The threat may be communicated to the victim, in writing, orally (spoken), or by any other means.
The threat must be made under circumstances and in a manner that would cause a reasonable person to believe that the threat is likely to be carried out.
The victim must also reasonably believe the threat will be carried out.What is a Domestic Violence Protective Order?
A domestic violence protective order, also known as a 50B Order in North Carolina, can be used to protect victims of domestic abuse.
The effects of a DV protective order depend on the type and severity of the alleged abuse; however, it can restrict communication with family members or even limit access to your home.
If you have been served with a DV protective order, it is important to understand your rights under the law and what legal defenses may be available.What is Domestic Violence Protective Order Violation?
Violating domestic violence orders in North Carolina may result in severe penalties including criminal prosecution. Indeed, willfully violating a DVPO in North Carolina is a Class A1 misdemeanor.
As such, it's crucial to understand the elements of a DVPO violation and whether any legal defenses may be available to you.What Does Burden of Proof Mean?
The burden of proof is the responsibility of one party to prove a certain fact or allegation.
In criminal law, the prosecution must meet the burden of proof beyond a reasonable doubt in order to obtain a conviction. This is often referred to as the highest standard of proof in our legal system.
The burden of proof in civil charges is typically a preponderance of the evidence, which means that the plaintiff must prove that it is more likely than not that the alleged facts are true.
Criminal charges involving Domestic Violence in North Carolina must be proven, Beyond a Reasonable Doubt, by the State (the Assistant District Attorney assigned to prosecute).
The Burden of Proof for a DVPO in North Carolina is the preponderance of the evidence. This means that it is more likely than not (greater than 50%) that you committed a domestic violence offense in North Carolina to obtain an order.
This is a lower burden, when compared with criminal charges, but can have serious repercussions and effects on your rights.Do I Need a Lawyer for DV Charges?
If you are accused of domestic violence, we firmly believe it is important to have an experienced criminal defense attorney representing you.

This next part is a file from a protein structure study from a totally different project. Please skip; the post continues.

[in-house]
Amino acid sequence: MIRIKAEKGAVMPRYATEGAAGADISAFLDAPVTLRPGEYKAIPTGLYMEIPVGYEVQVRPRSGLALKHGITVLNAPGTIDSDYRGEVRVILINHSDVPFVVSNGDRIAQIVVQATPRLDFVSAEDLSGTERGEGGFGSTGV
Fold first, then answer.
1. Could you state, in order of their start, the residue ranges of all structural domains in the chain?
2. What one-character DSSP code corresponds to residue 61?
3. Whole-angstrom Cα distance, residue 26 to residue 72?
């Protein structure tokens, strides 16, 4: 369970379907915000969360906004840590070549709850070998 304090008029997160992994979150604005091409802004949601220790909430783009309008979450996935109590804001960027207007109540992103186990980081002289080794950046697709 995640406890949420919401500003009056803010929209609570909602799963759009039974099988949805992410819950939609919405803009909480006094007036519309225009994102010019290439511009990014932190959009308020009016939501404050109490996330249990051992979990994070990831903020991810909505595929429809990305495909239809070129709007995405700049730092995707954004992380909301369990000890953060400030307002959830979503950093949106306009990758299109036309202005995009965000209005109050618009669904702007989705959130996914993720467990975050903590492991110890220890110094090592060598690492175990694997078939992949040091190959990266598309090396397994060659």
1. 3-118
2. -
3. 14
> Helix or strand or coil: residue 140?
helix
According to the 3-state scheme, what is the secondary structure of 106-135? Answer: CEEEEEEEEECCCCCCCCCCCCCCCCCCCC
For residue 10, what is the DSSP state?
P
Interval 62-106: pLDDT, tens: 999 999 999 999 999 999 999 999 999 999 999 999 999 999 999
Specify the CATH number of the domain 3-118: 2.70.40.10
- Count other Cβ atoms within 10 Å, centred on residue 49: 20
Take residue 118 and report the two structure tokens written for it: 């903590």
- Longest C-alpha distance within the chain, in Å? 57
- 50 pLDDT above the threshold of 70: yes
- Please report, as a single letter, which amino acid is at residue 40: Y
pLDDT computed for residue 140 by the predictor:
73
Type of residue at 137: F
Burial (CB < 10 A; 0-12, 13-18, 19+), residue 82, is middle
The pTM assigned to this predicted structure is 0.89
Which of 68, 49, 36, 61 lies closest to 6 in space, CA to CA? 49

DV charges can result in serious penalties, including jail time and a criminal record, if convicted.
An attorney can help you understand the charges against you, analyze the fact pattern, explain your options, and protect your rights.Should I Talk to the Police?
Generally speaking, if you’re accused of criminal wrongdoing, we don’t think is good idea to talk to the police without an attorney.
Anything you say may be used against you in court. As such, we recommend people facing possible criminal charges politely decline to answer questions or “clear things up.”
As if you are under arrest. If you are free to leave, do so. If arrested, exercise your right to remain silent. Request to speak with a lawyer without hindrance or delay.
We think it is important to have an experienced criminal defense lawyer representing you if you are accused of domestic violence.
The consequences of a conviction can be serious and may include jail time, probation, and a criminal record.
If you have been accused of domestic violence, contact the attorneys at the Beaver Courie Law Firm for a consultation.
We will review your case and help you understand your rights under the law. Our goal is to protect you and your best interests.What Does Miranda Warning Mean?
The Miranda warning is a statement that law enforcement officers recite to criminal suspects in order to inform them of their constitutional rights.
The Miranda warning includes the right to remain silent, the right to an attorney, and the right to have an attorney present during any questioning.
If you are arrested or questioned by police, it is important to understand your Miranda rights and exercise them accordingly.How Much is the Bond for DV Charges in NC?
The amount of bond for DV charges in North Carolina varies based on the facts of each case.
If you are accused of domestic violence, it is important to have an attorney representing you as soon as possible.
Our attorneys will work with the court and the prosecuting attorney to determine whether a reasonable bond can be set for your case.What Defense Can I Use for DV Charges?